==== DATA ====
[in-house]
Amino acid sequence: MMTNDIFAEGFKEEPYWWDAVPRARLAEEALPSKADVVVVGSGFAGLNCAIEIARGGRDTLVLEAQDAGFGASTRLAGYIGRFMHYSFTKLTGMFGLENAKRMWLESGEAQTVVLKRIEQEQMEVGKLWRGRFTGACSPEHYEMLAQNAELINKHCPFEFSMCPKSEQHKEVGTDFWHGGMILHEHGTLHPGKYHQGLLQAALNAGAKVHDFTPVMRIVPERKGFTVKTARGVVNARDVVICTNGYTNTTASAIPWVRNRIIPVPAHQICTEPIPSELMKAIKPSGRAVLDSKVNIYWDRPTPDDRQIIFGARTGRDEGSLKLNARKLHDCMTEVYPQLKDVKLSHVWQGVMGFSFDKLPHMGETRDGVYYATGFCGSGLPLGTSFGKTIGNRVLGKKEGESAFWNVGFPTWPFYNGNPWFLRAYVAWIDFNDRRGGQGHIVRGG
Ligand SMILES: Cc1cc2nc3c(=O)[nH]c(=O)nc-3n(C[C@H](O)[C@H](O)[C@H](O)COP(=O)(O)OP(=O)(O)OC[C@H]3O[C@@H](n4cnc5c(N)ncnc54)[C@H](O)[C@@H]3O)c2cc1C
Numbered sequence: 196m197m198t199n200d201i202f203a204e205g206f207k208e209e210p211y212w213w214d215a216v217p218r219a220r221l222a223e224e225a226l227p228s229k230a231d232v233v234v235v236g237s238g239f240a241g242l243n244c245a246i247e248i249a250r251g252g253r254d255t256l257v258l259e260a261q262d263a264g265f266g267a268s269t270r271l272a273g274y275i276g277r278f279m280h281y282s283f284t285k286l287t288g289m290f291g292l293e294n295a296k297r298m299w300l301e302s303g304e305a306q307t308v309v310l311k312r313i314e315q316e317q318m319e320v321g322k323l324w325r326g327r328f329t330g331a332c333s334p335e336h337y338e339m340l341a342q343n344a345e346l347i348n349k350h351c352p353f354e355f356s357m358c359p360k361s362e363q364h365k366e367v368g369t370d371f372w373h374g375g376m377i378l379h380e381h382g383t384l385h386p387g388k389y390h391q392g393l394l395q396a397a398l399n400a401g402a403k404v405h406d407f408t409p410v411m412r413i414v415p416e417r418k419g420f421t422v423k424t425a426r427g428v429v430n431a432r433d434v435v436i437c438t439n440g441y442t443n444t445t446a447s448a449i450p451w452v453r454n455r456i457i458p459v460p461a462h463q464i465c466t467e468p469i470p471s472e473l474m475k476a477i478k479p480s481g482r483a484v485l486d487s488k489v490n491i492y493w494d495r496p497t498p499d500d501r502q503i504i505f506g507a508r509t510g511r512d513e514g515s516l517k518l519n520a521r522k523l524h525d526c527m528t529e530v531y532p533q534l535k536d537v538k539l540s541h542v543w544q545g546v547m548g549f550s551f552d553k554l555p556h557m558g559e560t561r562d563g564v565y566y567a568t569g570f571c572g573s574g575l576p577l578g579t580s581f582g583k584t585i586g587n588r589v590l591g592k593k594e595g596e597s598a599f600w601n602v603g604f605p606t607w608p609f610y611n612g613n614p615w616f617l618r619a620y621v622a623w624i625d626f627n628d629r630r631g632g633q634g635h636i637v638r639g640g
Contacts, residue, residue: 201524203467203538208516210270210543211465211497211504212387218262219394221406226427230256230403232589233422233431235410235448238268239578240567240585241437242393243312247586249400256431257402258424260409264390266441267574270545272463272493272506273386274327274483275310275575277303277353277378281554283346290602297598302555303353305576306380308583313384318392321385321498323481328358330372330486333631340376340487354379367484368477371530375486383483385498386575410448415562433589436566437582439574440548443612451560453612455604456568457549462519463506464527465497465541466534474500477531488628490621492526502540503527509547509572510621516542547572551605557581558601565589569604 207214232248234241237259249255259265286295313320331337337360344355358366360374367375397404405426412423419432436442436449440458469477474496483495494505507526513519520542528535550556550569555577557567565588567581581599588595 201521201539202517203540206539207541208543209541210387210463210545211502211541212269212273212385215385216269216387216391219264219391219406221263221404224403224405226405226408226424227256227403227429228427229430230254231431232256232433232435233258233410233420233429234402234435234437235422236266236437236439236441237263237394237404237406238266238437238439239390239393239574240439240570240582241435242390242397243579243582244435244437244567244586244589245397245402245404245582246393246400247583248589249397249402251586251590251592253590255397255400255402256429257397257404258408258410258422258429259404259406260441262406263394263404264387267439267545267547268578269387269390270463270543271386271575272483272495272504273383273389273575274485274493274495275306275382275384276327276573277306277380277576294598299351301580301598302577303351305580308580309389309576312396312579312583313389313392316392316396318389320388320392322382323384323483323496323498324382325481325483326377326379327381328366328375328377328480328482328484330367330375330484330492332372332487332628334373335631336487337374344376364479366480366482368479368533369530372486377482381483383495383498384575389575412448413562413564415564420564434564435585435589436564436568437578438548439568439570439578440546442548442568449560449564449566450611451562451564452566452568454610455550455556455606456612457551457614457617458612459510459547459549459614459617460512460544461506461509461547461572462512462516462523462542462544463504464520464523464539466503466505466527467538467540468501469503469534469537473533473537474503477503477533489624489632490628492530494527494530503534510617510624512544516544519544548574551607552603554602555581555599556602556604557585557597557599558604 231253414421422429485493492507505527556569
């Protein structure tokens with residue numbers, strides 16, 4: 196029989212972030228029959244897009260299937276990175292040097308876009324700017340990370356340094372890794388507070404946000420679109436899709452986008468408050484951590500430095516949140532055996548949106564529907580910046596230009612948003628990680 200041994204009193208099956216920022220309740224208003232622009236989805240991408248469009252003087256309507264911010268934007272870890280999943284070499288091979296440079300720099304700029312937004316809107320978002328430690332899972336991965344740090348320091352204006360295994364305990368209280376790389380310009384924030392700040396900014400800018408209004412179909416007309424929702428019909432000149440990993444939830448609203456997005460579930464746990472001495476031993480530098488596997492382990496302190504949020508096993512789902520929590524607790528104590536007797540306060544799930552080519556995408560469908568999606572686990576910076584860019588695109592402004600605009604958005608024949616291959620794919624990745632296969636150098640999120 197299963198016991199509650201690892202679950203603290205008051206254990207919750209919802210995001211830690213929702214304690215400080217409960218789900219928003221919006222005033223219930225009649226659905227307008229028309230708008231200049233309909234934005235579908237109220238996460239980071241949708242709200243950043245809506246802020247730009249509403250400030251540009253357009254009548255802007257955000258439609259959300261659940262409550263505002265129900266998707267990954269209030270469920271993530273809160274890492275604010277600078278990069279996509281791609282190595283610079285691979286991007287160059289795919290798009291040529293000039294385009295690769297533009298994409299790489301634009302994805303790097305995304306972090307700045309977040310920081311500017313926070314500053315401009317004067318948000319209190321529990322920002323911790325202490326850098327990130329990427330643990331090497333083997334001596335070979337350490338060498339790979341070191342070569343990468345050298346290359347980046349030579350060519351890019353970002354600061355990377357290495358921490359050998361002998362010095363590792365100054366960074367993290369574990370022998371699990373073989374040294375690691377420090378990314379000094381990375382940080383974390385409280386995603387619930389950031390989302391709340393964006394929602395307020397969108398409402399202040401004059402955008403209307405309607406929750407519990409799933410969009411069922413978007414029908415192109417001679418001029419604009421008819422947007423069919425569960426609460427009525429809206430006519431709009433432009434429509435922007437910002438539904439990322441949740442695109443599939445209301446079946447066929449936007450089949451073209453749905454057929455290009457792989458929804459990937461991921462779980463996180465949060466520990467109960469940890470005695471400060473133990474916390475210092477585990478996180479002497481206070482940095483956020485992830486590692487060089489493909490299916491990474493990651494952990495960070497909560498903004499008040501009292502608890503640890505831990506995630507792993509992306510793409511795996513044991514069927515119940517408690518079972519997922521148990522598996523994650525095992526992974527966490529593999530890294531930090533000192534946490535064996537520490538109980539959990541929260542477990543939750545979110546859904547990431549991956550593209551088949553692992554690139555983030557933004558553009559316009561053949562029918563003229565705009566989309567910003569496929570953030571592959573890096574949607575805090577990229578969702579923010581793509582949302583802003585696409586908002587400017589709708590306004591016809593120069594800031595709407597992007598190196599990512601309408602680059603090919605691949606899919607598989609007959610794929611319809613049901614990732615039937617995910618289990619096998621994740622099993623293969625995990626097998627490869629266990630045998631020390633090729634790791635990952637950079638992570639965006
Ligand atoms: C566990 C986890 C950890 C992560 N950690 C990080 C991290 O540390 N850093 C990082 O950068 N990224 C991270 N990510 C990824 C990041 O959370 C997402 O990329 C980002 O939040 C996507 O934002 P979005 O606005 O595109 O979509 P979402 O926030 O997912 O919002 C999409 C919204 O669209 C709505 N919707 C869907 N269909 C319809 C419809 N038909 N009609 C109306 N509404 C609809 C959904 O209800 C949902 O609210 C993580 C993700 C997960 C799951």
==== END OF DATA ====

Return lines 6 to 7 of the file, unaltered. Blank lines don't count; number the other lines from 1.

């Protein structure tokens with residue numbers, strides 16, 4: 196029989212972030228029959244897009260299937276990175292040097308876009324700017340990370356340094372890794388507070404946000420679109436899709452986008468408050484951590500430095516949140532055996548949106564529907580910046596230009612948003628990680 200041994204009193208099956216920022220309740224208003232622009236989805240991408248469009252003087256309507264911010268934007272870890280999943284070499288091979296440079300720099304700029312937004316809107320978002328430690332899972336991965344740090348320091352204006360295994364305990368209280376790389380310009384924030392700040396900014400800018408209004412179909416007309424929702428019909432000149440990993444939830448609203456997005460579930464746990472001495476031993480530098488596997492382990496302190504949020508096993512789902520929590524607790528104590536007797540306060544799930552080519556995408560469908568999606572686990576910076584860019588695109592402004600605009604958005608024949616291959620794919624990745632296969636150098640999120 197299963198016991199509650201690892202679950203603290205008051206254990207919750209919802210995001211830690213929702214304690215400080217409960218789900219928003221919006222005033223219930225009649226659905227307008229028309230708008231200049233309909234934005235579908237109220238996460239980071241949708242709200243950043245809506246802020247730009249509403250400030251540009253357009254009548255802007257955000258439609259959300261659940262409550263505002265129900266998707267990954269209030270469920271993530273809160274890492275604010277600078278990069279996509281791609282190595283610079285691979286991007287160059289795919290798009291040529293000039294385009295690769297533009298994409299790489301634009302994805303790097305995304306972090307700045309977040310920081311500017313926070314500053315401009317004067318948000319209190321529990322920002323911790325202490326850098327990130329990427330643990331090497333083997334001596335070979337350490338060498339790979341070191342070569343990468345050298346290359347980046349030579350060519351890019353970002354600061355990377357290495358921490359050998361002998362010095363590792365100054366960074367993290369574990370022998371699990373073989374040294375690691377420090378990314379000094381990375382940080383974390385409280386995603387619930389950031390989302391709340393964006394929602395307020397969108398409402399202040401004059402955008403209307405309607406929750407519990409799933410969009411069922413978007414029908415192109417001679418001029419604009421008819422947007423069919425569960426609460427009525429809206430006519431709009433432009434429509435922007437910002438539904439990322441949740442695109443599939445209301446079946447066929449936007450089949451073209453749905454057929455290009457792989458929804459990937461991921462779980463996180465949060466520990467109960469940890470005695471400060473133990474916390475210092477585990478996180479002497481206070482940095483956020485992830486590692487060089489493909490299916491990474493990651494952990495960070497909560498903004499008040501009292502608890503640890505831990506995630507792993509992306510793409511795996513044991514069927515119940517408690518079972519997922521148990522598996523994650525095992526992974527966490529593999530890294531930090533000192534946490535064996537520490538109980539959990541929260542477990543939750545979110546859904547990431549991956550593209551088949553692992554690139555983030557933004558553009559316009561053949562029918563003229565705009566989309567910003569496929570953030571592959573890096574949607575805090577990229578969702579923010581793509582949302583802003585696409586908002587400017589709708590306004591016809593120069594800031595709407597992007598190196599990512601309408602680059603090919605691949606899919607598989609007959610794929611319809613049901614990732615039937617995910618289990619096998621994740622099993623293969625995990626097998627490869629266990630045998631020390633090729634790791635990952637950079638992570639965006
Ligand atoms: C566990 C986890 C950890 C992560 N950690 C990080 C991290 O540390 N850093 C990082 O950068 N990224 C991270 N990510 C990824 C990041 O959370 C997402 O990329 C980002 O939040 C996507 O934002 P979005 O606005 O595109 O979509 P979402 O926030 O997912 O919002 C999409 C919204 O669209 C709505 N919707 C869907 N269909 C319809 C419809 N038909 N009609 C109306 N509404 C609809 C959904 O209800 C949902 O609210 C993580 C993700 C997960 C799951």